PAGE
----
study circles that can increase comradeship.

Theory also has to go along with practice. That’s why I urge the
youth, and all those we have worked with in one way or another, not
only to organize study circles but to apply what we read.

Such a dynamic will allow this material to reach into the
consciousness of our communities.

I began to see how this magazine makes a diagnosis of capitalism and
its workings. I was surprised because I was aware of some things but
I did not know how the capitalists, the banks, the financial
institutions have no scruples, no principles, no values. They simply
use interest rates and other means to accumulate riches at the
expense of the majority, of working people.

This article helps us see from another point of view the hand of much
bigger forces at work behind seemingly local conflicts. It helps us
see how the hand of imperialism, the hand of capitalism, operates in
our communities.

I’ll describe an experience we went through in the state of Miranda.
Until two years ago we had a governor who represented the interests
of the right, including having participated in the April 11 military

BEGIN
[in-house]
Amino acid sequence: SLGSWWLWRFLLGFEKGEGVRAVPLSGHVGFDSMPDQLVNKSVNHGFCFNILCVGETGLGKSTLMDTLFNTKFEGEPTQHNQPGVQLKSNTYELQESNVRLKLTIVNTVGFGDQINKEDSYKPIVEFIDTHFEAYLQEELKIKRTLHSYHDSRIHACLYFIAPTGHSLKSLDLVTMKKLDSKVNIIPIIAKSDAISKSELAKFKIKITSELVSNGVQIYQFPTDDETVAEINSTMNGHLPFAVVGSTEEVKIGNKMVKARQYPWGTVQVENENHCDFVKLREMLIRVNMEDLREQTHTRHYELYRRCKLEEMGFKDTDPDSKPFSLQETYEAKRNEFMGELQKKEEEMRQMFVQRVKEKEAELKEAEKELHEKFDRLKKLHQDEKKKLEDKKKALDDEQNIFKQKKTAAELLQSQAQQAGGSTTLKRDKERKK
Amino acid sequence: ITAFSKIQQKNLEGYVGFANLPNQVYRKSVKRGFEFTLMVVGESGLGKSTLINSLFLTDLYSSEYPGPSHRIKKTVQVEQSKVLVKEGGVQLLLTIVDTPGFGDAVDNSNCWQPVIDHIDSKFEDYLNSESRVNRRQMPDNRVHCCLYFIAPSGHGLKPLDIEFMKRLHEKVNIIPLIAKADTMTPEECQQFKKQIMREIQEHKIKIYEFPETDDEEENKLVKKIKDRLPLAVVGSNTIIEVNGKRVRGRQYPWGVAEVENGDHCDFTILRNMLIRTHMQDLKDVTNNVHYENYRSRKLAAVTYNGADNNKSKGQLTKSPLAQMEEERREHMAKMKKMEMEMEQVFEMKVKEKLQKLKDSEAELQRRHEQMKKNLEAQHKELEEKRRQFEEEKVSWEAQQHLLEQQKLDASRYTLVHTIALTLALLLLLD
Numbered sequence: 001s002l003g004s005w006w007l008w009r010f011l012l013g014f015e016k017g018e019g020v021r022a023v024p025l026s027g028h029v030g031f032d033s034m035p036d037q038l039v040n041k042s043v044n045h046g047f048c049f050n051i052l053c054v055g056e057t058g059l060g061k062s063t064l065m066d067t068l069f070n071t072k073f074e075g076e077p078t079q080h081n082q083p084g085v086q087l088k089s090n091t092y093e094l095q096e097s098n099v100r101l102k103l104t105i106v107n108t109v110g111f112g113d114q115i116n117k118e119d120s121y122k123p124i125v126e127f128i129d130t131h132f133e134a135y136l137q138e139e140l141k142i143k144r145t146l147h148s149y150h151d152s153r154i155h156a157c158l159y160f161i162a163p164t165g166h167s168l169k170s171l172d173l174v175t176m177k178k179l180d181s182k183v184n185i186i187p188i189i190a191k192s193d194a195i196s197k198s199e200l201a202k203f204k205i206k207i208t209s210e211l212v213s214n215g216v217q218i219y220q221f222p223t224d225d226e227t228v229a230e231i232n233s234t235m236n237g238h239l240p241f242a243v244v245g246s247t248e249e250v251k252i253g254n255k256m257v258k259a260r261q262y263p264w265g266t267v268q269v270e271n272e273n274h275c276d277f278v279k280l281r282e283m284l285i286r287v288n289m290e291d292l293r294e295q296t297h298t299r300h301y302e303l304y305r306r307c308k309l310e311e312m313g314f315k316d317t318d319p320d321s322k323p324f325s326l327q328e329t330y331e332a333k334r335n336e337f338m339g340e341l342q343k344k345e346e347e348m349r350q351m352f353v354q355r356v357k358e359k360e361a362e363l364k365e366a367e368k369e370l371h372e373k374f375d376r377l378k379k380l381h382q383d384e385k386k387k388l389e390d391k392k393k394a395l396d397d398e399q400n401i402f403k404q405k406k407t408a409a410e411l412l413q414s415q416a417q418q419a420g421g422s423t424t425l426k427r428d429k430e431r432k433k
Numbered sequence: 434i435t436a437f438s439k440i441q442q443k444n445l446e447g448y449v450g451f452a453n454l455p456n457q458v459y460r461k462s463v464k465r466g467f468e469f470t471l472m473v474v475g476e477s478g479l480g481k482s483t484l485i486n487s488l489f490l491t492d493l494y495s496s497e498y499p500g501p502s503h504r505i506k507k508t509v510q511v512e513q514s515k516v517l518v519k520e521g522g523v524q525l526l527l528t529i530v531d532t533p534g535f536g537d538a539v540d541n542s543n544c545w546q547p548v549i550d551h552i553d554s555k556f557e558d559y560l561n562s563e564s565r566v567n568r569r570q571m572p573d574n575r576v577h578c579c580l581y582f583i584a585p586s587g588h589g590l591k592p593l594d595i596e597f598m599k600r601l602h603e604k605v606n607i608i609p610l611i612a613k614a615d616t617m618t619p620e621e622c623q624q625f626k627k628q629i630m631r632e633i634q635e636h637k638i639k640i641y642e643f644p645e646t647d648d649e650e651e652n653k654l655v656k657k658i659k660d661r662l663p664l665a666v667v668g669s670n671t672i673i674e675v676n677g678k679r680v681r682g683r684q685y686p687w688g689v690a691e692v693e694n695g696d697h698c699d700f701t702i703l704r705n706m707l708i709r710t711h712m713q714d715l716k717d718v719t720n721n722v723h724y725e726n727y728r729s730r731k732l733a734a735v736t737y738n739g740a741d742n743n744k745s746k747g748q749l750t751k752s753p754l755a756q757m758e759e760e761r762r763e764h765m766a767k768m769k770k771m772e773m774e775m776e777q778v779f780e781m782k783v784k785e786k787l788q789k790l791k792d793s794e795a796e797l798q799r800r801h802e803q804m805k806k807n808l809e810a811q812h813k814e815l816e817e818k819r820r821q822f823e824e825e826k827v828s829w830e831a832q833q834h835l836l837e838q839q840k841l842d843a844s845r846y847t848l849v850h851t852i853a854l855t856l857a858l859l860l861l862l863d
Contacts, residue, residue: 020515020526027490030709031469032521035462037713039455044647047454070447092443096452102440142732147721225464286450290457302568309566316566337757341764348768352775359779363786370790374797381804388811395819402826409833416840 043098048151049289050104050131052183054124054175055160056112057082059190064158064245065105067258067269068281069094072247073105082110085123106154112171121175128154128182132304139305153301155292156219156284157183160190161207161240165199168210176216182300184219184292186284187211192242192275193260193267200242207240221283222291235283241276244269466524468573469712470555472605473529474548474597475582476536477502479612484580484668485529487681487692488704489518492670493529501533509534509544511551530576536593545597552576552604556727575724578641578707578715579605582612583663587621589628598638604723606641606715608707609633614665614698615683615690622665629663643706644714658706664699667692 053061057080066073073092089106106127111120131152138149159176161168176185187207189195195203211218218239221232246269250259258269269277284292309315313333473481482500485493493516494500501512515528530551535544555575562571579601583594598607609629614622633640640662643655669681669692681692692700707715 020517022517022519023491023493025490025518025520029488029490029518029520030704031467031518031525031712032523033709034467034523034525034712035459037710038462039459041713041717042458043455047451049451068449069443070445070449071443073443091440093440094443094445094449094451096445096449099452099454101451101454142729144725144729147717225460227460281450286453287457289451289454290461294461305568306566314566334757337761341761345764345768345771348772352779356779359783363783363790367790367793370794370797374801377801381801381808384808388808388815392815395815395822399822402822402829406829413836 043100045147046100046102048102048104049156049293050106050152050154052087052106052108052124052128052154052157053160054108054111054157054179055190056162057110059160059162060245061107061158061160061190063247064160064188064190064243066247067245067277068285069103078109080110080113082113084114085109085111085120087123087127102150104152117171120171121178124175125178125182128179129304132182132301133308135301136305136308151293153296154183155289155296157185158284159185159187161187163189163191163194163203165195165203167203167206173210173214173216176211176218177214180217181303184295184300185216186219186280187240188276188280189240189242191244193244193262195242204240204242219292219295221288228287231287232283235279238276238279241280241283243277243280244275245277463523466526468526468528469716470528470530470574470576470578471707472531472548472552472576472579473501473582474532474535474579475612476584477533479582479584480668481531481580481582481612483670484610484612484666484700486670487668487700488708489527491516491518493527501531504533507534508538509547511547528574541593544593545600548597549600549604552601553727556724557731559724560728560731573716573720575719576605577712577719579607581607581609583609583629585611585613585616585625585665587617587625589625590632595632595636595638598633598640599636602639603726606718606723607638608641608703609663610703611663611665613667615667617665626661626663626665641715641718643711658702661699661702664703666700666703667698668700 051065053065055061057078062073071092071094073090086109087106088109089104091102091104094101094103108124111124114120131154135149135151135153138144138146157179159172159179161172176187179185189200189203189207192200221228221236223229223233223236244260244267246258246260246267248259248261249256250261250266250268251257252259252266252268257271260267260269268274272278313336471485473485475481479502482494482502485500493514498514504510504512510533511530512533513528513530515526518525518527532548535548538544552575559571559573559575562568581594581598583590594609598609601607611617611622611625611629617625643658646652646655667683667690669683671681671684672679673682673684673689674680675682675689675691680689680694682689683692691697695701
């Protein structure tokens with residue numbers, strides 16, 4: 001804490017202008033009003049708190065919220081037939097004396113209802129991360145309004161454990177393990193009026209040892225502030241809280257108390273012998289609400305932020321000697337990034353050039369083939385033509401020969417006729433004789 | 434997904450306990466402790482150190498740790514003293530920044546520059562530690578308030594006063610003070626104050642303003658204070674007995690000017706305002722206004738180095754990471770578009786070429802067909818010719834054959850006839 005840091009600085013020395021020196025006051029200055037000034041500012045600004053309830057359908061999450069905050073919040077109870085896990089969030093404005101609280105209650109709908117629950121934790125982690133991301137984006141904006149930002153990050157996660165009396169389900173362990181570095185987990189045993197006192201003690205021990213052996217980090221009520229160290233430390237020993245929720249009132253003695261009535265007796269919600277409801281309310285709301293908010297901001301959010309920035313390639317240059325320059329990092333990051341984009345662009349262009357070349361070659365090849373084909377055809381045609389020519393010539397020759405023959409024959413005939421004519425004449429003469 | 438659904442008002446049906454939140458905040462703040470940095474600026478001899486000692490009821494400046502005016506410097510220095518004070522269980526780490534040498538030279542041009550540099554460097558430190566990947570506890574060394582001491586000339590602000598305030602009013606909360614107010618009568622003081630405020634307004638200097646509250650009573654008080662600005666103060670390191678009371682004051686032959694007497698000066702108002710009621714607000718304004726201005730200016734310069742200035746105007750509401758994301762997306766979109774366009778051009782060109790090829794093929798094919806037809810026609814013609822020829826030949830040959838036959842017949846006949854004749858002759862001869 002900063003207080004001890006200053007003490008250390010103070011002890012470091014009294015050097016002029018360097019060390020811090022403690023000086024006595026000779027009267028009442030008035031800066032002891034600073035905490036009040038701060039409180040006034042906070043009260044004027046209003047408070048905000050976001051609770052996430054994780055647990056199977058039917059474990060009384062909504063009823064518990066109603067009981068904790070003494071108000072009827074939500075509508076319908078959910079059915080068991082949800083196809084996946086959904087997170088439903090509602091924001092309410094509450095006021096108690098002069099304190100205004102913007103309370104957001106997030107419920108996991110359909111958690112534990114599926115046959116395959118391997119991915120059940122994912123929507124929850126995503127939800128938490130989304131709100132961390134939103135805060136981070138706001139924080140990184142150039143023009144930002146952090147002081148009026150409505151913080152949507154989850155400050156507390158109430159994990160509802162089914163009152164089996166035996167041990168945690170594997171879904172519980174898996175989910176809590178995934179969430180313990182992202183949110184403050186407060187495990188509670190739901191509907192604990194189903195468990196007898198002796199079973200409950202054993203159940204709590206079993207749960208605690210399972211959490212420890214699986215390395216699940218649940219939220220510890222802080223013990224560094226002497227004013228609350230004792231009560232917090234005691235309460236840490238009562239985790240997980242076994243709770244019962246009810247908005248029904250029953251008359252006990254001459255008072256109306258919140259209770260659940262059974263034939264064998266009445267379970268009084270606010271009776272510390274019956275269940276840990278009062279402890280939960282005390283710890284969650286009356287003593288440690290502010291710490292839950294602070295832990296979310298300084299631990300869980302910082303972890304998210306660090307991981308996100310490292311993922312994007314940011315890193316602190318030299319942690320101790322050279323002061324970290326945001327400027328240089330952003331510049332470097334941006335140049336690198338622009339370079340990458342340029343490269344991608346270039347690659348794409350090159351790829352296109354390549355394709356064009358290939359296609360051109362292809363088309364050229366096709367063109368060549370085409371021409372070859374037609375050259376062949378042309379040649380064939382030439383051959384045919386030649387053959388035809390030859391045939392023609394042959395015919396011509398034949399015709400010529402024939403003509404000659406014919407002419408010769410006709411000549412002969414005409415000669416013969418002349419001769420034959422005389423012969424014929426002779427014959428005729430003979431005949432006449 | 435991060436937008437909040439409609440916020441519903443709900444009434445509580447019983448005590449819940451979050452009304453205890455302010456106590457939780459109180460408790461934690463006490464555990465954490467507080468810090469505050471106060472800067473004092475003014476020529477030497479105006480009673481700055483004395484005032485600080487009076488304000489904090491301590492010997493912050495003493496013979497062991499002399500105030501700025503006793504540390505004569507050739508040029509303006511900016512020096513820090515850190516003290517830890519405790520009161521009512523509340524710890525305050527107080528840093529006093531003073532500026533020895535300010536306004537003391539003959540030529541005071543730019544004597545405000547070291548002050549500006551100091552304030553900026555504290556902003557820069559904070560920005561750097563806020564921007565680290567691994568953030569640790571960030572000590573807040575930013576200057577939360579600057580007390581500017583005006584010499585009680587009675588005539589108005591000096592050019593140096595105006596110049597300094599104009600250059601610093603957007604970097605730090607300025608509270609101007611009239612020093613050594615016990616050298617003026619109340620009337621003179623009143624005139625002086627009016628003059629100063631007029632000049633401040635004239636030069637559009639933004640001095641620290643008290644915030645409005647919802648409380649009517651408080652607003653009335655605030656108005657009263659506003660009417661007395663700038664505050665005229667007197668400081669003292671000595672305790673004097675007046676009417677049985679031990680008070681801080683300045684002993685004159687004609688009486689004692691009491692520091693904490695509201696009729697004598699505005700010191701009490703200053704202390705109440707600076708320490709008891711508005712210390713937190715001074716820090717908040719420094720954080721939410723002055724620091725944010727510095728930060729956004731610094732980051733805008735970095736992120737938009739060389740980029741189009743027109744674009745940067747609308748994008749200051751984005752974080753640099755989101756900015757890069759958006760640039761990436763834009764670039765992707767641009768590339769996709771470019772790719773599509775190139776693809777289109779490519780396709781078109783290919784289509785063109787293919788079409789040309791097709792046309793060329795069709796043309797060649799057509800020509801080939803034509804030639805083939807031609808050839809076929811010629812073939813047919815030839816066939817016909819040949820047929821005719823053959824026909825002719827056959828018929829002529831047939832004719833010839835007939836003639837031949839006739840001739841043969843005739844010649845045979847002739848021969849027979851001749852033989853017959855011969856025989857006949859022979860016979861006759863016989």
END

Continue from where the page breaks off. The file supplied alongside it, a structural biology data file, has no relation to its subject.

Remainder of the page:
Two years ago there was the presidential recall referendum, which we
won with 60 percent of the vote.3 That demoralized the opposition and
many of them stayed away from the polls in the gubernatorial election
that took place within a month after the referendum. So we were able
to win a state where the opposition has had a strong base.

Since then, we have instituted a series of public policies in Miranda
aimed at dismantling the effective privatization of health care by
the previous administration.

In education and health care they were privatizing hospitals,
clinics, schools.

In the last two years the new administration dismantled these
policies and the state has assumed responsibility for these services.

Today I participated along with President Hugo Chávez in the
inauguration of a new medical clinic, which has equipment with the
latest, most advanced, technology, in Chuao, located in the
municipality of Baruta, here in Caracas, where the opposition has had
a strong base because it is an upper middle-class neighborhood.

This shows the opposition that we are governing both for the rich and
for the poor. It’s clear that we must give priority to the poor,
because they are the majority and they were excluded for so many
years. But we also govern for the middle classes.